The claim that the economy is somehow “rigged,” structured in a way that denies everyone the ability to thrive, is common.
As Will Wilkinson explains on Vox, the standard approach, to blame the wealthiest for bribing government to exploit the poor, is wrong:
The story of how the economy gets rigged is therefore a bunch of homely little stories of people with nice watches screwing over people with less-nice watches. But it’s not class war. It’s not the mega rich against the rest of us. It’s insiders seeking and then protecting special privileges that give them a leg up.
Dentists rig the system against dental hygienists by working to make it illegal for hygienists to clean teeth without totally unnecessary supervision by dentists. Taxi medallion oligopolists rig the system against regular folks with cars who would like turn a buck giving people rides.
Wilkinson in particular points to the issue of occupational licences:
About 30 percent of all jobs in the United States today require some sort of occupational license, up from 5 percent in the early 1950s. This rather dramatic shift is evidence that the economy has indeed become increasingly rigged — which is really just another word for “regulated.”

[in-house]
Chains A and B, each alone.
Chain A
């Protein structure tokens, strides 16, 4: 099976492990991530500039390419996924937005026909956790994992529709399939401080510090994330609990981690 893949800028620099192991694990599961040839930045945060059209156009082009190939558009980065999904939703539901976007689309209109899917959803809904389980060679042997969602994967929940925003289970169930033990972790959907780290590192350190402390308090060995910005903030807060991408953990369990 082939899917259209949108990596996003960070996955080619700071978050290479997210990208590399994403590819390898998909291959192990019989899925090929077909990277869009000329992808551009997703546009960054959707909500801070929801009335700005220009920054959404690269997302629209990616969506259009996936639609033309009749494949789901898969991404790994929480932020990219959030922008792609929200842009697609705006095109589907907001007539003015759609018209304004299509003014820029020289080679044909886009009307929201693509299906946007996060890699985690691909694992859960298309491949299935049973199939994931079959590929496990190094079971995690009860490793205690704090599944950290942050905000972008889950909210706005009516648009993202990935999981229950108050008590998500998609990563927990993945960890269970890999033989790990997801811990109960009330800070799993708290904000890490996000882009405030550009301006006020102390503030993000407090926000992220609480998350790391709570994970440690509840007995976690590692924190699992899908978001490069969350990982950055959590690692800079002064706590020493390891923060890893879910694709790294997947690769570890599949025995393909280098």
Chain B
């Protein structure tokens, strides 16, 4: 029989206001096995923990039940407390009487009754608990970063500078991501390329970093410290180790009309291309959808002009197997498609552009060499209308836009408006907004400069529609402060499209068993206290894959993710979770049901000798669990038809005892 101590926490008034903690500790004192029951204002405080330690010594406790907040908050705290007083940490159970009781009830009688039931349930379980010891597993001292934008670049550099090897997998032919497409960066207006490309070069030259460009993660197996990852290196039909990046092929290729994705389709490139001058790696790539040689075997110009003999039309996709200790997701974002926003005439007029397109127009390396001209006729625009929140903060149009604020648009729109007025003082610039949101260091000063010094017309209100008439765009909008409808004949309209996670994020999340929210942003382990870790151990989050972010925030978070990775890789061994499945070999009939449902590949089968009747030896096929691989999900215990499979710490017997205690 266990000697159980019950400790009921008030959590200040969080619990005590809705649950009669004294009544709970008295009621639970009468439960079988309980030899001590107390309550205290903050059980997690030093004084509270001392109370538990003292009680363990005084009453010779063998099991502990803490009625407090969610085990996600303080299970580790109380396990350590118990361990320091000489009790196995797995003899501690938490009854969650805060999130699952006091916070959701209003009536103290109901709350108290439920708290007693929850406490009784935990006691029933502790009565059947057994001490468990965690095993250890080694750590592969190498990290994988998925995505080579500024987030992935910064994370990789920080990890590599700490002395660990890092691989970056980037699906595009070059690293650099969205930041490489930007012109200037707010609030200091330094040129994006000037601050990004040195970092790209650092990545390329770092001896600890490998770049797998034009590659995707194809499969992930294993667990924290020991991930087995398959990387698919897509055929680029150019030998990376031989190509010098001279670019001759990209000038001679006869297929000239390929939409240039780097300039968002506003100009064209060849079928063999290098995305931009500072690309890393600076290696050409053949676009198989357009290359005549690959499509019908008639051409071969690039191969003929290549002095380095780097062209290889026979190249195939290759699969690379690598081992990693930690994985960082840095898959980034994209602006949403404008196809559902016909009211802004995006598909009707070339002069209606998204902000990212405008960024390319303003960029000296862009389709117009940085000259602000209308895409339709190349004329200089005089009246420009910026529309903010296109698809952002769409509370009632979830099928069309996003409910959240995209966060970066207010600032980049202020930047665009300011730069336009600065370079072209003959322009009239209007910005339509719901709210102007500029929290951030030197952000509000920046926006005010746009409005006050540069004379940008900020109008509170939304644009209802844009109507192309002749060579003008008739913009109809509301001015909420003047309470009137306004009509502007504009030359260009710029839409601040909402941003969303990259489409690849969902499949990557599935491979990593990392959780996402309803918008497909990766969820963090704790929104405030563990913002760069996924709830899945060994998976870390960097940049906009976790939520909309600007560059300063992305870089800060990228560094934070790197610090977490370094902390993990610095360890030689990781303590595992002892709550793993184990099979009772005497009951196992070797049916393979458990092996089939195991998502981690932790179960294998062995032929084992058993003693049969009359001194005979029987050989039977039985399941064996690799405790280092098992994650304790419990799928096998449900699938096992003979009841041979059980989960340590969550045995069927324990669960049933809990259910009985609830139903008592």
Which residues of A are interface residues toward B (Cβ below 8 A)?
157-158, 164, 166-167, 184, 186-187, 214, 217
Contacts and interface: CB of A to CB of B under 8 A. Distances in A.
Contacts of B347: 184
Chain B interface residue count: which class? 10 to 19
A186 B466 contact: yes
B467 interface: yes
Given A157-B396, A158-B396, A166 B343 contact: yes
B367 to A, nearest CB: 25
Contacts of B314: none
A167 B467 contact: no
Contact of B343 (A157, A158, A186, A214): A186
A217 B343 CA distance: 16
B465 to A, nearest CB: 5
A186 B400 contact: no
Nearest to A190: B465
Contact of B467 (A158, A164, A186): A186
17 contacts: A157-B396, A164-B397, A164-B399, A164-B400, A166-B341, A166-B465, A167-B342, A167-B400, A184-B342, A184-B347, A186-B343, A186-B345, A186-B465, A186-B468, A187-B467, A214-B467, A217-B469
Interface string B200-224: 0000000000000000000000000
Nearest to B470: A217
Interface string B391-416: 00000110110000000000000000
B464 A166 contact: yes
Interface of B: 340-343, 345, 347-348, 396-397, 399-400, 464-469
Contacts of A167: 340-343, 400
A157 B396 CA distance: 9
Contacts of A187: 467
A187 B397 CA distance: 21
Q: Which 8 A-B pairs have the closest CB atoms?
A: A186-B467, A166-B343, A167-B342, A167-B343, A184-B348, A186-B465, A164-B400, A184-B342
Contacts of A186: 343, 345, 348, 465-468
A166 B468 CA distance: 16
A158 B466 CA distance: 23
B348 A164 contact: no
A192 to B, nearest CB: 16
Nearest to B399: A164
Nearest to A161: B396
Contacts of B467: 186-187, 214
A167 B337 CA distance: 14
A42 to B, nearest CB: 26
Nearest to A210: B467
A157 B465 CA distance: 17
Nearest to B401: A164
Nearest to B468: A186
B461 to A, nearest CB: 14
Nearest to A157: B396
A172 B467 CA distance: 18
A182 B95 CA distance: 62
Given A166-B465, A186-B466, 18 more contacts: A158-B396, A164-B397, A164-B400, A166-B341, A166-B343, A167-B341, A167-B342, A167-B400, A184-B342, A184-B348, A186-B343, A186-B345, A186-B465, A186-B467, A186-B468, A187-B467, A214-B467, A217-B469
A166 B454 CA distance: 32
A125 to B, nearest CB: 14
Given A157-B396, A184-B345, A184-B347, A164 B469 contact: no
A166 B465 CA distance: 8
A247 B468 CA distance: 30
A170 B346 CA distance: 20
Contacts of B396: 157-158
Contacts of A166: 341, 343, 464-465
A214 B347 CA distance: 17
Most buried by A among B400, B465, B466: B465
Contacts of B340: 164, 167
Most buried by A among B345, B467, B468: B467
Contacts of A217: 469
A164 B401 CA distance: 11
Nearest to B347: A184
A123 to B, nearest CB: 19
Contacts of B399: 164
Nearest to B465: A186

As well as restrictions on economic freedom:
But the rigging of the economy is not just the story of occupational licensing. It’s also the story of big-city gentrifiers who block construction projects that would reduce the cost of housing by expanding its supply, which has the effect of rigging the economy against workers who can no longer afford to live where the best jobs are.
It’s the story of petty restrictions on the freedom to buy and sell — to commit “capitalist acts between consenting adults,” as the philosopher Robert Nozick once put it — which deny dignity and safety to those who work on the margins of the economy.